The discovery of Angela Brosso’s lifeless body near the Arizona Canal in 1992 left detectives and the police baffled, as they grappled with the sheer brutality of the crime. It was one of the most disturbing cases they had encountered in quite some time. However, just ten months later, another chilling discovery occurred when Melanie Bernas’s body was found in the same location. The striking similarities between the two cases raised concerns among law enforcement, leading them to ponder whether the same perpetrator was responsible for both crimes.
’48 Hours: Unmasking the Zombie Hunter,’ delves into the details of these two cases, seeking to uncover the events that befell these young women and the identity of the possible killer. If you’re interested in learning more about this gripping and unsettling story, we’re here to provide you with all the information you seek. Let’s get started!
How Did Angela Brosso and Melanie Bernas Die?
Angela Brosso had her roots in Lower Allen Township of the Harrisburg area and graduated from Cedar Cliff High School in 1989. After a career-day presentation in high school, Angela chose to enroll at the DeVry Institute of Technology. She spent two years at the DeVry Institute near Newark, New Jersey, and later graduated with honors from the Los Angeles DeVry. Following this, she secured a position with Phoenix electronics company Syntellect Inc. She eventually relocated to Phoenix, where she resided with her boyfriend, Joe Krakowiecki, in an apartment located near Cactus Road and Interstate 17. Angela was employed as a trainer at Syntellect Inc.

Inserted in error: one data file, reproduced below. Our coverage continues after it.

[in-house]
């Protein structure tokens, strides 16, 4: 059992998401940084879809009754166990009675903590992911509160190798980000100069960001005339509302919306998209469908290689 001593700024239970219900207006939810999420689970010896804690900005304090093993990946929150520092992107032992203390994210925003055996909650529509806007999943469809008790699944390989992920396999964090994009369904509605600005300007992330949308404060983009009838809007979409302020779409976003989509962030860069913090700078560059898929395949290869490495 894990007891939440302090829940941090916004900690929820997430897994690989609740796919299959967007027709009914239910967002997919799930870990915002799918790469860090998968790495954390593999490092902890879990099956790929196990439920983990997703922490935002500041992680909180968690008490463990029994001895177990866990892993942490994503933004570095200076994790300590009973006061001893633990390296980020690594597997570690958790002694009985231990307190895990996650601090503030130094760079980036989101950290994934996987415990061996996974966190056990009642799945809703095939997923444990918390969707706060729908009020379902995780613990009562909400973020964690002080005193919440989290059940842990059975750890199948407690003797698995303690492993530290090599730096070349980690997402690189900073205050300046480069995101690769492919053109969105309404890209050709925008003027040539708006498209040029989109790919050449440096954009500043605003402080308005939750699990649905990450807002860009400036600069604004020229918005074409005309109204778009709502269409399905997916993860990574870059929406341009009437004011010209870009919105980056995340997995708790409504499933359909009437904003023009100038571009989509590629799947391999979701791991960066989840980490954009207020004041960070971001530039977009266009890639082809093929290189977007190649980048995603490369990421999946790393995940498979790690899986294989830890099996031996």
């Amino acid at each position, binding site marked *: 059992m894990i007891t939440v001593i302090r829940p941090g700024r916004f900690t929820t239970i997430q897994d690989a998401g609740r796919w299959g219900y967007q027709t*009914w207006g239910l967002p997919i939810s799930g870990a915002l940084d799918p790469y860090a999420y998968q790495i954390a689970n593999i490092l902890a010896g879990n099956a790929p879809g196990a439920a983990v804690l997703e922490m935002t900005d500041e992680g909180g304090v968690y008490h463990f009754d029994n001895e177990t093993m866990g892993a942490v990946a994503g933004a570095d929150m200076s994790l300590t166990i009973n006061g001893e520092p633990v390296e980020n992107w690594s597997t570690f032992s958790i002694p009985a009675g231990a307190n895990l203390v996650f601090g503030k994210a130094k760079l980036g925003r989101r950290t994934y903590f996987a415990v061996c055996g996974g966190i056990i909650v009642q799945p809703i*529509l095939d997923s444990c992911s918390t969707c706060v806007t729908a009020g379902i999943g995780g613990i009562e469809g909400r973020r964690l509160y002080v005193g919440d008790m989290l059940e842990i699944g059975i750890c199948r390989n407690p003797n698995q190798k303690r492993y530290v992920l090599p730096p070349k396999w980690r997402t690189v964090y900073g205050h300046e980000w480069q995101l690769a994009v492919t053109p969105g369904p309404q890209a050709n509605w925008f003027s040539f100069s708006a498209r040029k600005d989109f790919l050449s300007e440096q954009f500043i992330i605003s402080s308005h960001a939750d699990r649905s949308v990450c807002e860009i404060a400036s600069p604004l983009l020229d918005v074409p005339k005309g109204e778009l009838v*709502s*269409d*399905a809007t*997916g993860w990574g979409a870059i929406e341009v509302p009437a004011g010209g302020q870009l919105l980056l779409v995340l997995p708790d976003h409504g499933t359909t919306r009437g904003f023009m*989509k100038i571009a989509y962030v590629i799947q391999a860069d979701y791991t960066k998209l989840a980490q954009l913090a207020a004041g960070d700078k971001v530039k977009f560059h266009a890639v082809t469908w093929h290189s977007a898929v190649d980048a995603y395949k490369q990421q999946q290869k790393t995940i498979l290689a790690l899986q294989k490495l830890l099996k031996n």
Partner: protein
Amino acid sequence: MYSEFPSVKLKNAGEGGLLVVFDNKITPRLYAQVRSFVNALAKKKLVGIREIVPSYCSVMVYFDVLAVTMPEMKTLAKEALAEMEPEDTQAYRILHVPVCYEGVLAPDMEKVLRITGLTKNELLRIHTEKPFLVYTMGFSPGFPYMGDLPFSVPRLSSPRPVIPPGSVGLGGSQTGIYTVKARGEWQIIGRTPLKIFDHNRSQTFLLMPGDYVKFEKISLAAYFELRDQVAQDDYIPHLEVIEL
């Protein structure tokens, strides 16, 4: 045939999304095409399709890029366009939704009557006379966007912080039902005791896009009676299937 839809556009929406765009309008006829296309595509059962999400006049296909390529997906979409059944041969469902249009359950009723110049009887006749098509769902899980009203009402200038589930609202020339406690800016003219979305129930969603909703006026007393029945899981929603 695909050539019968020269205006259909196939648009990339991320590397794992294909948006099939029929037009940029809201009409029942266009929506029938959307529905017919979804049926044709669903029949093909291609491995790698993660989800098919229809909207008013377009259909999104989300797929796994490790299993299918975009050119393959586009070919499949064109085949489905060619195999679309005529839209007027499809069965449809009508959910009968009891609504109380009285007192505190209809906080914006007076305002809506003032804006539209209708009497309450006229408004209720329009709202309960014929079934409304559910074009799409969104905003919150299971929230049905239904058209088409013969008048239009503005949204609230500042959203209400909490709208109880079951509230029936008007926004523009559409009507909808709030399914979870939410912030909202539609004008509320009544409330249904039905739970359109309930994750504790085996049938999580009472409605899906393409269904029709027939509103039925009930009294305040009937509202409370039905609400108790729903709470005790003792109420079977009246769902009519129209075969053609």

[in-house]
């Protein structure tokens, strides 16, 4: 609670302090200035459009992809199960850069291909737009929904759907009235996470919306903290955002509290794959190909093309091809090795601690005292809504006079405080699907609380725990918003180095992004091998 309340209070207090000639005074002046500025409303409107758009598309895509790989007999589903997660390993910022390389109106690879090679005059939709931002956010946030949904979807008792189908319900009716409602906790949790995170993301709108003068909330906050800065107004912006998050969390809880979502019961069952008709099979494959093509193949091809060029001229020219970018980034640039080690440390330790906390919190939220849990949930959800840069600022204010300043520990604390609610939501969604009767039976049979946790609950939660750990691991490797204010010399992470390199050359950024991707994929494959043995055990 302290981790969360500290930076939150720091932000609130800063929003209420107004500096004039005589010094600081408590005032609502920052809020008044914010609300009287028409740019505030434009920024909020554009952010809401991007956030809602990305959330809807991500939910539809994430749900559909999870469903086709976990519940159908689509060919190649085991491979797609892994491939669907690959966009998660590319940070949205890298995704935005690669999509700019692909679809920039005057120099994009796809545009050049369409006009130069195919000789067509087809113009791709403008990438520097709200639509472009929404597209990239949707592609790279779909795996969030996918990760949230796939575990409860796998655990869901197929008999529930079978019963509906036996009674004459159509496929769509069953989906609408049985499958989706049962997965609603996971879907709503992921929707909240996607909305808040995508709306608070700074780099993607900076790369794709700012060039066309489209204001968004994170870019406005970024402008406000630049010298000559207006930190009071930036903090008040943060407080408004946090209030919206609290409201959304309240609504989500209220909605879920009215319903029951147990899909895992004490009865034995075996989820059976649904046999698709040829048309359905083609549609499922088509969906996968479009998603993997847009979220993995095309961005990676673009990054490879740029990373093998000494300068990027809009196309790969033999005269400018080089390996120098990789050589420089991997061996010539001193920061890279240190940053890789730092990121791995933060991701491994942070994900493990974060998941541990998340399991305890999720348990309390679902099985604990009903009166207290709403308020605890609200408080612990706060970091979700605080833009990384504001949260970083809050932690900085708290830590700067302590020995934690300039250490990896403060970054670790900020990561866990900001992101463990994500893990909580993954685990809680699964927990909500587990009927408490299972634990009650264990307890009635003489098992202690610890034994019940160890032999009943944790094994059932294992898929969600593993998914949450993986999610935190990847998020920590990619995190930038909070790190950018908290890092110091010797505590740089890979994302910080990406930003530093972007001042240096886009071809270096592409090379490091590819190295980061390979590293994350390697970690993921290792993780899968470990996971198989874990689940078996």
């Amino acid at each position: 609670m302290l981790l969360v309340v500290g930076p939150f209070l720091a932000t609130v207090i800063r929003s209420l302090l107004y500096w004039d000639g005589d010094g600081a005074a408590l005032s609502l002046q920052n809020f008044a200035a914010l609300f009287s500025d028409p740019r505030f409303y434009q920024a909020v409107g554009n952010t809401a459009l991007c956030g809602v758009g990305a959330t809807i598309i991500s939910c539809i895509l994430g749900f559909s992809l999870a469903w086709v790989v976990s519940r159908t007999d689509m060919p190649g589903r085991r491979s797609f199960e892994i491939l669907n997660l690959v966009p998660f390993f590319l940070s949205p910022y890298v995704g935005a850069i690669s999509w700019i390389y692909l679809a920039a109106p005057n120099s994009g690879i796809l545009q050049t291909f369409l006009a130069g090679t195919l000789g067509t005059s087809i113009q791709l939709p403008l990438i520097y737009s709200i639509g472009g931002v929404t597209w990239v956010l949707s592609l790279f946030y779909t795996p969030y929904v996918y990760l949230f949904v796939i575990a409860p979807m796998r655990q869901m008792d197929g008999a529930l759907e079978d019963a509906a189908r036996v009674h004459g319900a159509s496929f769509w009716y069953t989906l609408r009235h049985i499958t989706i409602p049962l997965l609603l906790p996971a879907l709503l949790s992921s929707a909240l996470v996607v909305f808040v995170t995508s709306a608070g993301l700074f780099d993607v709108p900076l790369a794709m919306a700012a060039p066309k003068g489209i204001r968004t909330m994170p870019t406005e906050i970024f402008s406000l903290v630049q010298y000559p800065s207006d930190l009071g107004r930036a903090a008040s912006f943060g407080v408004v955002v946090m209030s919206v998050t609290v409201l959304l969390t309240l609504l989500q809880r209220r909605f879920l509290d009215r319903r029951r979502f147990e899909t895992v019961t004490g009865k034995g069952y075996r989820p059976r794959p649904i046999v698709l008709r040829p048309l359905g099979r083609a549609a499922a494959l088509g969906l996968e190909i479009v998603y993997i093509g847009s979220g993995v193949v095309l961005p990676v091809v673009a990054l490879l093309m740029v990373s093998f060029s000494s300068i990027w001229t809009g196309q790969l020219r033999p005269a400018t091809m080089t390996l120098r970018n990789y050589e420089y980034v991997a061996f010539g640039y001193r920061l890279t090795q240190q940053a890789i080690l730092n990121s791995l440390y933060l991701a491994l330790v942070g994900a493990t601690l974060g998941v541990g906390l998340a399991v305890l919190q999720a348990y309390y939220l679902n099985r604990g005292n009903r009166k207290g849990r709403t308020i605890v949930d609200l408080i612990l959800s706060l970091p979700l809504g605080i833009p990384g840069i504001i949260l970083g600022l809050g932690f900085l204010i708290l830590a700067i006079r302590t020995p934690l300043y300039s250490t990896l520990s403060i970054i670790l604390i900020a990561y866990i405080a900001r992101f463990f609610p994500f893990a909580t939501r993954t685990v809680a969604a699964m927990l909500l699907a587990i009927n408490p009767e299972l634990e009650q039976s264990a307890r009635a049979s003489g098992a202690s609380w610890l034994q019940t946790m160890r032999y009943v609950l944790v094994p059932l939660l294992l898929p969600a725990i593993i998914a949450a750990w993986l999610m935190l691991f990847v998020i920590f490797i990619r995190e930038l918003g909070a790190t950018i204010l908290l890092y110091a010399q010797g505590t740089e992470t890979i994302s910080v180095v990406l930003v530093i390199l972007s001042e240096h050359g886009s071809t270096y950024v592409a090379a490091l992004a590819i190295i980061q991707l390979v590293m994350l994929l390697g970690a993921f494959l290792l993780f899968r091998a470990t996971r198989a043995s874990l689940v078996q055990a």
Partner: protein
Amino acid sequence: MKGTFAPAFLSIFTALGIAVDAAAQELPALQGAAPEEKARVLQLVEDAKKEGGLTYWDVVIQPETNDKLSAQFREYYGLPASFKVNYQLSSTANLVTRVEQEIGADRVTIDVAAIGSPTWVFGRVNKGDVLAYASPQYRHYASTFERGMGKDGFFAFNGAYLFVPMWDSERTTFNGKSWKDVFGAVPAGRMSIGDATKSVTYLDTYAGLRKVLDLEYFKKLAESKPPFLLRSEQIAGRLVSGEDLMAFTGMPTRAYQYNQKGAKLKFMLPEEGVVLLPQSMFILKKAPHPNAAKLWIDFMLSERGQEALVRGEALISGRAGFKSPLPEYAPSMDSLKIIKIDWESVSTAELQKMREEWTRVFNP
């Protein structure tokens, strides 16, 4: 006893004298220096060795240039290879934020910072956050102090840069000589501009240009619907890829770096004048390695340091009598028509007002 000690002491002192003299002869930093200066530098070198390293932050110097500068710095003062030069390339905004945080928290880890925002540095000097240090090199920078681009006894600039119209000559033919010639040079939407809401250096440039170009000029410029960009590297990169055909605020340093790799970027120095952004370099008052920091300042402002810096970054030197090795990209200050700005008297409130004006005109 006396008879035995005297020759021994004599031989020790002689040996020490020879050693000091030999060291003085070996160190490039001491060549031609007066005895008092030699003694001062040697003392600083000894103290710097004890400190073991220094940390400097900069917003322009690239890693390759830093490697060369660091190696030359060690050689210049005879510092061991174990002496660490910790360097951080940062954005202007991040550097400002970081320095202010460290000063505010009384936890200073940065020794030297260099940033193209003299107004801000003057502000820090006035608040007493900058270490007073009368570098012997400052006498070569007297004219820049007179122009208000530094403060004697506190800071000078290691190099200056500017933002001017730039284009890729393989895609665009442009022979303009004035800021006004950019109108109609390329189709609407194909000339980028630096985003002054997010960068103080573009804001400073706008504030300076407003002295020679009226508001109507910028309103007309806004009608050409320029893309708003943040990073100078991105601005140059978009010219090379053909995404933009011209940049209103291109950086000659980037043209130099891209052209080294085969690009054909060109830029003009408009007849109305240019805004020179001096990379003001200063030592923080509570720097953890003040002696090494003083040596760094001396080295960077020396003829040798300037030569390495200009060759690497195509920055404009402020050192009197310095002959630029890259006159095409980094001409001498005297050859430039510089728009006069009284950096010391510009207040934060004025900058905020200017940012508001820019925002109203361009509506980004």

On the evening of November 8, 1992, at approximately 7 pm, Angela Brosso set out for her routine bike ride along the Arizona Canal. This was a common activity for her and Joe; however, on this particular night, Joe decided to stay at home and bake a cake for her as it was her birthday the next day and she was turning 22. Joe Krakowiecki became increasingly worried when Angela Brosso didn’t return home from her evening bike ride, especially since they had a weekly Sunday routine of watching ‘In Living Color’ together. After some time, he sought help from a friend and eventually decided to report her as missing to the police.